Obama to argue for avoiding overreach overseas
In this May 22, 2010, file photo, addressing the graduates of the U.S. Military Academy, President Barack Obama outlined a foreign policy vision using diplomacy and a strong military together, in West Point, N.Y. Obama will soon outline a strategy for his final years in office that aims to avoid overreach as the second of the two wars he inherited comes to a close. The president will make the case for that seemingly more limited approach during a commencement address Wednesday, May 28, 2014, at the U.S. Military Academy at West Point.
WASHINGTON — Confronting critics of his foreign policy, President Barack Obama will soon outline a strategy for his final years in office that aims to avoid overreach as the second of the two wars he inherited comes to a close.
The president will make the case for that seemingly more limited approach during a commencement address Wednesday at the U.S. Military Academy at West Point. The speech will come amid growing frustration in the White House with Republicans and other critics who contend that Obama has weakened America's standing around the world and faltered on problems across the Middle East and in Russia, China and elsewhere.
That criticism has only mounted over the past year following Obama's decision to pull back a military strike in Syria and his inability to stop Russia from annexing territory from Ukraine. A White House official said Obama would specifically address both situations, as well as the status of ongoing nuclear negotiations with Iran.
The president is also expected to discuss how he views shifts in the counterterrorism threat from al-Qaida and other groups, according to the official, who insisted on anonymity to preview the president's speech.
Obama came into office vowing to end the lengthy American-led wars in Iraq and Afghanistan and seeking to keep a war-weary nation out of unnecessary conflicts. The war in Iraq ended in the closing days of 2011 and the Afghan conflict will formally conclude later this year, though the White House is seeking to keep a smaller contingent of U.S. troops behind to train Afghan forces and conduct counterterrorism missions.
While Obama has followed through on his pledge to end America's wars, some foreign policy analysts argue that he has over-corrected and his aversion to military action makes it harder for the U.S. to levy credible threats that force international foes to change their behavior.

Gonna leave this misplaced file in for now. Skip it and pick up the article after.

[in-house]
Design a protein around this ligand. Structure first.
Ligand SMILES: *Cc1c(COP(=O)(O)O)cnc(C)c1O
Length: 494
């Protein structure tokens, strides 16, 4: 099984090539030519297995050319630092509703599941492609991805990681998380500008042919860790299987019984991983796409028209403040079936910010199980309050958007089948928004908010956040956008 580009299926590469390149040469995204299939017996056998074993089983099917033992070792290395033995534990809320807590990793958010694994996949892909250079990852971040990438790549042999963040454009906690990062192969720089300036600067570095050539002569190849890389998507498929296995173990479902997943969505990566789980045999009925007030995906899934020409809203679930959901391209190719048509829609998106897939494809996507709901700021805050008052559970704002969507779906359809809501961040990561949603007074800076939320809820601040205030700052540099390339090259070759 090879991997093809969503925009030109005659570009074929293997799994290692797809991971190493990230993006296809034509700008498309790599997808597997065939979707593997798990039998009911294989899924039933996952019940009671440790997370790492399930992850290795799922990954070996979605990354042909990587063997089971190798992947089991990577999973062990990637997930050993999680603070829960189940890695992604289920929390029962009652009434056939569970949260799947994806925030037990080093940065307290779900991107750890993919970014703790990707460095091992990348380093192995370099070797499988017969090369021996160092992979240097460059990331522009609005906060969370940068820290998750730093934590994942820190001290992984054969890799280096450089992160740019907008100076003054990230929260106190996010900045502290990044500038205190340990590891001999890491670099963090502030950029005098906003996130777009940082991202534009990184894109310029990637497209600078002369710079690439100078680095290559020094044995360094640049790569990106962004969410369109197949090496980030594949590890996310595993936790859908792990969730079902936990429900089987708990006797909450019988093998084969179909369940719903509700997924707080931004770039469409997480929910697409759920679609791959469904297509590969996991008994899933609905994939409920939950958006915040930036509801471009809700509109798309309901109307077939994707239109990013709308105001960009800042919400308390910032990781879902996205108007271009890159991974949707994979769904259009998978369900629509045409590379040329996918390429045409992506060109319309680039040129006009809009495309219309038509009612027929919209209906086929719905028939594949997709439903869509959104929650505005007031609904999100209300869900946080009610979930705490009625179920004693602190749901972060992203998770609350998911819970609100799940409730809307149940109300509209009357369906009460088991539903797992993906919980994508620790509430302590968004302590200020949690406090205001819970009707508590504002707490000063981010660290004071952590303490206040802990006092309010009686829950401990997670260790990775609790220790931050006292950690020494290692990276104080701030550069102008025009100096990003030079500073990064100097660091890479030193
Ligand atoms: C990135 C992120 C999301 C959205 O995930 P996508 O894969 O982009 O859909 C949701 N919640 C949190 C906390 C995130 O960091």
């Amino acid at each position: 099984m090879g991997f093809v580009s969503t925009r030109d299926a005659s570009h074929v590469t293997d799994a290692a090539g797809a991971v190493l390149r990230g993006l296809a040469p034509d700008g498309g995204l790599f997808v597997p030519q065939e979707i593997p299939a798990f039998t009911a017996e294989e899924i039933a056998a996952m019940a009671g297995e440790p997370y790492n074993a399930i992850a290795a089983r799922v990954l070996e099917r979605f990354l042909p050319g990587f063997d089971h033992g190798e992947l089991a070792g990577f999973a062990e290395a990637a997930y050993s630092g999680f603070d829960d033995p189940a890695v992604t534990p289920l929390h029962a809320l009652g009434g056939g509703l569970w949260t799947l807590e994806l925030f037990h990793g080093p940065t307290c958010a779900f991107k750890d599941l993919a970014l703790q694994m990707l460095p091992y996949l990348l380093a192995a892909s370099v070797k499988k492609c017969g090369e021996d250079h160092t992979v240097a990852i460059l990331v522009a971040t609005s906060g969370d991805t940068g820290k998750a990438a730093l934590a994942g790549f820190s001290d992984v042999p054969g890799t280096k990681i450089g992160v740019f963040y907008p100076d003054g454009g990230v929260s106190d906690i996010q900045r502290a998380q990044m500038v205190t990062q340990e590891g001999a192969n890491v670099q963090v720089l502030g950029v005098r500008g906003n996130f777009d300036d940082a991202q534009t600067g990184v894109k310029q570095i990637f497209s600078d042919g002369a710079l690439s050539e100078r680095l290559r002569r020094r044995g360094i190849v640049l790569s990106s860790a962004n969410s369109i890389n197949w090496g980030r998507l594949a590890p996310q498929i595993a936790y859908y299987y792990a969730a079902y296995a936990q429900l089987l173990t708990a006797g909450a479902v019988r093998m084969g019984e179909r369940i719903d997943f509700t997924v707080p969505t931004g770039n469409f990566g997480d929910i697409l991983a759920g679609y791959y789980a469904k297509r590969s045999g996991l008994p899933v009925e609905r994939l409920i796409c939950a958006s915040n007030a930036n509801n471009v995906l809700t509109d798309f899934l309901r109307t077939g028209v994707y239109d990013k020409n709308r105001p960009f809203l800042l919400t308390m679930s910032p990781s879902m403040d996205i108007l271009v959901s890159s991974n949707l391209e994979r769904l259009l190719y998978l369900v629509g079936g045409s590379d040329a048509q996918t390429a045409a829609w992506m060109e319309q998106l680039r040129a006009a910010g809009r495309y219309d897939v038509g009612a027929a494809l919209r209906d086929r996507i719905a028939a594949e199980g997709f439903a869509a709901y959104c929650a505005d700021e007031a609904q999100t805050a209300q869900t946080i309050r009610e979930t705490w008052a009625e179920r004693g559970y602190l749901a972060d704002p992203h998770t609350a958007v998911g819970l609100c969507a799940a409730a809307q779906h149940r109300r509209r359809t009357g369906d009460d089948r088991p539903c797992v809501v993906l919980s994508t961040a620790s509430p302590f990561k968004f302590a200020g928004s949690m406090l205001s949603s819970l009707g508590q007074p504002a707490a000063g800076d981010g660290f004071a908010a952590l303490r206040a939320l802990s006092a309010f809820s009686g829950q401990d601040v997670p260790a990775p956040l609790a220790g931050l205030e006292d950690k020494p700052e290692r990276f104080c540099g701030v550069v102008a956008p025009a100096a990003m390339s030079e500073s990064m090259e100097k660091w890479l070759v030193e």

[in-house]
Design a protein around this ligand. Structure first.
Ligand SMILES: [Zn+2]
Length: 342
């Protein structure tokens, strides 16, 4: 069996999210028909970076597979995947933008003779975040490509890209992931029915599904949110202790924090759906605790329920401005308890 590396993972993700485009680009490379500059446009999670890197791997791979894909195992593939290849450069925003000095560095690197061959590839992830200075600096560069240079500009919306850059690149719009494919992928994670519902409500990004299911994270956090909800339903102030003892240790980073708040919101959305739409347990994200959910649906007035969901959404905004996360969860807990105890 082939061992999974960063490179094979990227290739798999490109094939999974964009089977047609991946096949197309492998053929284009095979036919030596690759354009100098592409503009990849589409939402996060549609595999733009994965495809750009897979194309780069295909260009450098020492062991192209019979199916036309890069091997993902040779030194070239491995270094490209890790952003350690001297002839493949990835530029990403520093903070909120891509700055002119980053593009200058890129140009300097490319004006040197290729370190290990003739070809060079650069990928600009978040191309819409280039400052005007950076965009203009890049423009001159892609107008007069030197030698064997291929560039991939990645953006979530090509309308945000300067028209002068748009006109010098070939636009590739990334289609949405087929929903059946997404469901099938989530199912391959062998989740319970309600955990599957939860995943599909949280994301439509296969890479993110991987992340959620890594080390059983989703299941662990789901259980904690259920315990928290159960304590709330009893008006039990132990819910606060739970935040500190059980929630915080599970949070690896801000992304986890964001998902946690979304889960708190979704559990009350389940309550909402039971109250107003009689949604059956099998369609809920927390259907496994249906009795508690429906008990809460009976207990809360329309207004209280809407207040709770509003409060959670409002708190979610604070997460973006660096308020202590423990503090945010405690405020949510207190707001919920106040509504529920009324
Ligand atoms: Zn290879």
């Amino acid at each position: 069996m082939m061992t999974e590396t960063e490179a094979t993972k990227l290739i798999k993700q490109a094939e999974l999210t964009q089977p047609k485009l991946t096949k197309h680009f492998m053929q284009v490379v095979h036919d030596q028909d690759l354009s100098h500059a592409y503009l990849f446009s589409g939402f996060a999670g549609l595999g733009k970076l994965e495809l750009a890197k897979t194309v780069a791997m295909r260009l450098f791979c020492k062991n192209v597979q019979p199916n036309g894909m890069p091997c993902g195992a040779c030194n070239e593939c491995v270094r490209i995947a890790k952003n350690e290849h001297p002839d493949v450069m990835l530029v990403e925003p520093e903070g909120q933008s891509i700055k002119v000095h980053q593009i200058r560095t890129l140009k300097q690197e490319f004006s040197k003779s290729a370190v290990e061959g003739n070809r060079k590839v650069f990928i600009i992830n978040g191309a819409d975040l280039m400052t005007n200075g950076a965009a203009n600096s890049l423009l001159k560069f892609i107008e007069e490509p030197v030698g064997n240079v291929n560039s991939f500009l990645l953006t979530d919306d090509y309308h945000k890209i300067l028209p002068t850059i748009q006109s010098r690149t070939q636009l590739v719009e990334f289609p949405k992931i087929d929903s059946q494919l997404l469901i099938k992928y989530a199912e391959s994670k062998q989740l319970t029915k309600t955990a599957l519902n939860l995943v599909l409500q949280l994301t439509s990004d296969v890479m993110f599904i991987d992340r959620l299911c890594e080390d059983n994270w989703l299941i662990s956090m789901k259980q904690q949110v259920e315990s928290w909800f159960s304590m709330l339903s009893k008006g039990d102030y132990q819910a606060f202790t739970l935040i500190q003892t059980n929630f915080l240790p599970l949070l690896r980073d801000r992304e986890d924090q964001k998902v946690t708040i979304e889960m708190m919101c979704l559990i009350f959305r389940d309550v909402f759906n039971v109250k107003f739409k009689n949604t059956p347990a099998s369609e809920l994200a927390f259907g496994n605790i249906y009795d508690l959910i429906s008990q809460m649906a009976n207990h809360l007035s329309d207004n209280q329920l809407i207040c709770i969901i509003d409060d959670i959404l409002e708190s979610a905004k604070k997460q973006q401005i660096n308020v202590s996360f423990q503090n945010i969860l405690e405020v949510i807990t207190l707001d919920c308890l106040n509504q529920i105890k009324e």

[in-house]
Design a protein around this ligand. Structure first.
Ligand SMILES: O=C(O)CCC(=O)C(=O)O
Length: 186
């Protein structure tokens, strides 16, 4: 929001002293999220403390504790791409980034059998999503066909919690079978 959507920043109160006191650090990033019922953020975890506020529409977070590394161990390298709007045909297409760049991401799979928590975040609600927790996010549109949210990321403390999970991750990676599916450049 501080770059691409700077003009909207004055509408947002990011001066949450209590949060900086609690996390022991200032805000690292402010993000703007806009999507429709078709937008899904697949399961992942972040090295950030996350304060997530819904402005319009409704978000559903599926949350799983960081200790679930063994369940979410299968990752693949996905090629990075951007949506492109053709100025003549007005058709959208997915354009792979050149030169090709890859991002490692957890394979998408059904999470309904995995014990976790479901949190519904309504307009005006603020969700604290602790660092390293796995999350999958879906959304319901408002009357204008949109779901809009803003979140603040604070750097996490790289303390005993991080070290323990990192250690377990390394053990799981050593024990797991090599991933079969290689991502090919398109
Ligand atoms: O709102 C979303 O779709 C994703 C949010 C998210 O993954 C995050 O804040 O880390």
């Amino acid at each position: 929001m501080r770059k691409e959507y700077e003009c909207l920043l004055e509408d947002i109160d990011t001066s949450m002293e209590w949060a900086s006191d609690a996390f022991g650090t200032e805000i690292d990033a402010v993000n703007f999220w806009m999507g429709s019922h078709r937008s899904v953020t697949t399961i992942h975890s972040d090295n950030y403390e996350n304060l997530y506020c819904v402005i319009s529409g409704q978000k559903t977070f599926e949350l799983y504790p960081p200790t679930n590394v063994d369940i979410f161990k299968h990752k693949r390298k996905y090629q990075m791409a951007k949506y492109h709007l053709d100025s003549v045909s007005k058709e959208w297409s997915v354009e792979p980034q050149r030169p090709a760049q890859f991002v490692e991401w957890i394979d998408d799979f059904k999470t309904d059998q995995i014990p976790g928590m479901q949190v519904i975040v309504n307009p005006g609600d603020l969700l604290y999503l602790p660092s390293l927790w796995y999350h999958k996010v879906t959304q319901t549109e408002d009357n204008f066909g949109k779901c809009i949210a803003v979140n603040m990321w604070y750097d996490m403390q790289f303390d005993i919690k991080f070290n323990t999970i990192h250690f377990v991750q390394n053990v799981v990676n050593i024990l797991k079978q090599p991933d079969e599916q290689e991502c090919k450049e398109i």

"He's far too risk adverse a president," said Aaron David Miller, a Middle East adviser to Republican and Democratic administrations. "And in a world where no one will lead except America, he has abdicated and surrendered much of the leadership."
The White House official said Obama will argue that the U.S. remains the only nation capable of galvanizing action and will make the case that American power needs to be part of a sustainable international system. He will argue that his foreign policy philosophy is not isolationist, but rather "interventionist and internationalist," according to the official.
The president is expected to expand on remarks he made last month at a news conference in the Philippines, when the extent of his frustration with his critics boiled over. He specifically targeted those who are quick to call for U.S. military action, arguing that they had failed to learn the lessons of the Iraq war.
"Why is it that everybody is so eager to use military force after we've just gone through a decade of war at enormous costs to our troops and to our budget?" he said. "And what is it exactly that these critics think would have been accomplished?"
Yet Obama also cast his approach as one that "avoids errors" by being more limited in scope.
"You hit singles, you hit doubles," he said. "Every once in a while we may be able to hit a home run. "
Ahead of the president's speech, Obama's top advisers have been holding private meetings with congressional lawmakers to address their specific foreign policy concerns. However, the outreach appeared to accomplish little, according to some participants, with a Republican senator calling one meeting "bizarre" and another lawmaker saying the White House refused to provide specific answers to questions.
Sen. Bob Corker, R-Tenn., was among those who participated in the White House meetings. In an interview, he questioned how much Obama's speech can accomplish in shifting the way the White House's foreign policy approach is viewed.
"One of the problems with the White House is that they view speeches as foreign policy," Corker said. "They don't really follow through with much in the way of substance. It's always minimal."
The White House official said Obama will build on his remarks during an early June trip to Europe, where he'll give a speech about the U.S. commitment to the continent while in Poland and meet with Group of Seven leaders in Brussels. Obama's top foreign policy advisers, including Secretary of State John Kerry, Defense Secretary Chuck Hagel and national security adviser Susan Rice, are also expected to follow the president's address with events of their own, according to the official.